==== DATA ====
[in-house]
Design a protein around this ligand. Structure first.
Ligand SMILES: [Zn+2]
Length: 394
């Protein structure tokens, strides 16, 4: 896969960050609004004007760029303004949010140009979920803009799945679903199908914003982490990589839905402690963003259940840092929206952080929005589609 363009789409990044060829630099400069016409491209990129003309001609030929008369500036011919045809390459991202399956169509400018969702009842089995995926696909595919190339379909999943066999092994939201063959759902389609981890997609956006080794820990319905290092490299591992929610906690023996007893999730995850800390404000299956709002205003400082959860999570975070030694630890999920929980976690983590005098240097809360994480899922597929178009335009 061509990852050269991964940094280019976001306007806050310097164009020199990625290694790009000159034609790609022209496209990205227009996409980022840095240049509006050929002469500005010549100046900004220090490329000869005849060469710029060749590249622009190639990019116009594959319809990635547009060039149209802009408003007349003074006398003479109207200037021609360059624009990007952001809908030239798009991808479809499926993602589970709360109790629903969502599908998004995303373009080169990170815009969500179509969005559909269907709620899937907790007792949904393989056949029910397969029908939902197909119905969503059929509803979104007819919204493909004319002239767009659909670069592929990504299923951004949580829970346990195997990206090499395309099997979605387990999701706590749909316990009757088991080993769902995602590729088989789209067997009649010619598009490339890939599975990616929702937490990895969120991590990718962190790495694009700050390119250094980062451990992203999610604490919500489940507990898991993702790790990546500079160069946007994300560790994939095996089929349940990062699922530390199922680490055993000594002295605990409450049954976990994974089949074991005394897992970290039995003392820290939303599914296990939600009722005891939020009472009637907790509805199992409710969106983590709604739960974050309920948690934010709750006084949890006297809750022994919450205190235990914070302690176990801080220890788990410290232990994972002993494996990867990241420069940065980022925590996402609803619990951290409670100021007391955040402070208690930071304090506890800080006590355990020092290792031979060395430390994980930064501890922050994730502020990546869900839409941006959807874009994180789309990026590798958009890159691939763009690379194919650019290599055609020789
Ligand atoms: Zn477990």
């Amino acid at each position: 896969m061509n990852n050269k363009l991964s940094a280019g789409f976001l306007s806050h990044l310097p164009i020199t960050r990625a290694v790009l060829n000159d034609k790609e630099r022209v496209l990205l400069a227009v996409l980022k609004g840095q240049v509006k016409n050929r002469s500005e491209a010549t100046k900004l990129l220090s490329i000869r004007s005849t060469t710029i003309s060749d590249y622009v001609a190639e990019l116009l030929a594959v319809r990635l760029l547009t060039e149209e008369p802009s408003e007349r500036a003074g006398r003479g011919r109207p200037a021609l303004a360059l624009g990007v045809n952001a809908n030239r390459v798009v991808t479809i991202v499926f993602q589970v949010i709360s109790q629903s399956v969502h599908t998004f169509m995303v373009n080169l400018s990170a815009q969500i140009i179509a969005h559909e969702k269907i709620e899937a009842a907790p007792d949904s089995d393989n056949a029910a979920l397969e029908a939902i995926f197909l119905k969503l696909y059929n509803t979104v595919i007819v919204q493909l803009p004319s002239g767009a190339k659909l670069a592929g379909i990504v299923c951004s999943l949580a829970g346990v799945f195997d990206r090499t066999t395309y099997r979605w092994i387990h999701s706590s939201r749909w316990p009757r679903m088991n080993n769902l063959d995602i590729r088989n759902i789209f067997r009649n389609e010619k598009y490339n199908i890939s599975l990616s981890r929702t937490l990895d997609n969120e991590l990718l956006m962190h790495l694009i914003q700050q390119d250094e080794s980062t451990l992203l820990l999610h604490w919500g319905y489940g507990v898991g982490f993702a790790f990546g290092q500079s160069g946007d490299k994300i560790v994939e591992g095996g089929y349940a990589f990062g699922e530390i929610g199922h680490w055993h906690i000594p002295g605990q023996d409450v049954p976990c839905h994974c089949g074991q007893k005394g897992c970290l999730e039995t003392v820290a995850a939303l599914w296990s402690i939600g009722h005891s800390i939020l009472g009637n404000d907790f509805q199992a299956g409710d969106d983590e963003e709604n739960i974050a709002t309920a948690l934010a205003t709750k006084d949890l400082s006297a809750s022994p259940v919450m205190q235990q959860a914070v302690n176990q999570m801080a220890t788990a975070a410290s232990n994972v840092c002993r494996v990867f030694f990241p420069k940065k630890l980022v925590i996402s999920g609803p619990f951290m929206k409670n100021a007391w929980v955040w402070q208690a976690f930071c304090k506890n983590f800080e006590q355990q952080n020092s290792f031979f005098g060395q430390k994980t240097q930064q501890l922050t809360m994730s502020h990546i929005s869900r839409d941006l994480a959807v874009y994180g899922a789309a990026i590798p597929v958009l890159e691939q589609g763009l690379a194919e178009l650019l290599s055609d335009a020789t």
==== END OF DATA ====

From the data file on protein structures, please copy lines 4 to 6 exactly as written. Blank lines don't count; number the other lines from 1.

Length: 394
């Protein structure tokens, strides 16, 4: 896969960050609004004007760029303004949010140009979920803009799945679903199908914003982490990589839905402690963003259940840092929206952080929005589609 363009789409990044060829630099400069016409491209990129003309001609030929008369500036011919045809390459991202399956169509400018969702009842089995995926696909595919190339379909999943066999092994939201063959759902389609981890997609956006080794820990319905290092490299591992929610906690023996007893999730995850800390404000299956709002205003400082959860999570975070030694630890999920929980976690983590005098240097809360994480899922597929178009335009 061509990852050269991964940094280019976001306007806050310097164009020199990625290694790009000159034609790609022209496209990205227009996409980022840095240049509006050929002469500005010549100046900004220090490329000869005849060469710029060749590249622009190639990019116009594959319809990635547009060039149209802009408003007349003074006398003479109207200037021609360059624009990007952001809908030239798009991808479809499926993602589970709360109790629903969502599908998004995303373009080169990170815009969500179509969005559909269907709620899937907790007792949904393989056949029910397969029908939902197909119905969503059929509803979104007819919204493909004319002239767009659909670069592929990504299923951004949580829970346990195997990206090499395309099997979605387990999701706590749909316990009757088991080993769902995602590729088989789209067997009649010619598009490339890939599975990616929702937490990895969120991590990718962190790495694009700050390119250094980062451990992203999610604490919500489940507990898991993702790790990546500079160069946007994300560790994939095996089929349940990062699922530390199922680490055993000594002295605990409450049954976990994974089949074991005394897992970290039995003392820290939303599914296990939600009722005891939020009472009637907790509805199992409710969106983590709604739960974050309920948690934010709750006084949890006297809750022994919450205190235990914070302690176990801080220890788990410290232990994972002993494996990867990241420069940065980022925590996402609803619990951290409670100021007391955040402070208690930071304090506890800080006590355990020092290792031979060395430390994980930064501890922050994730502020990546869900839409941006959807874009994180789309990026590798958009890159691939763009690379194919650019290599055609020789
Ligand atoms: Zn477990």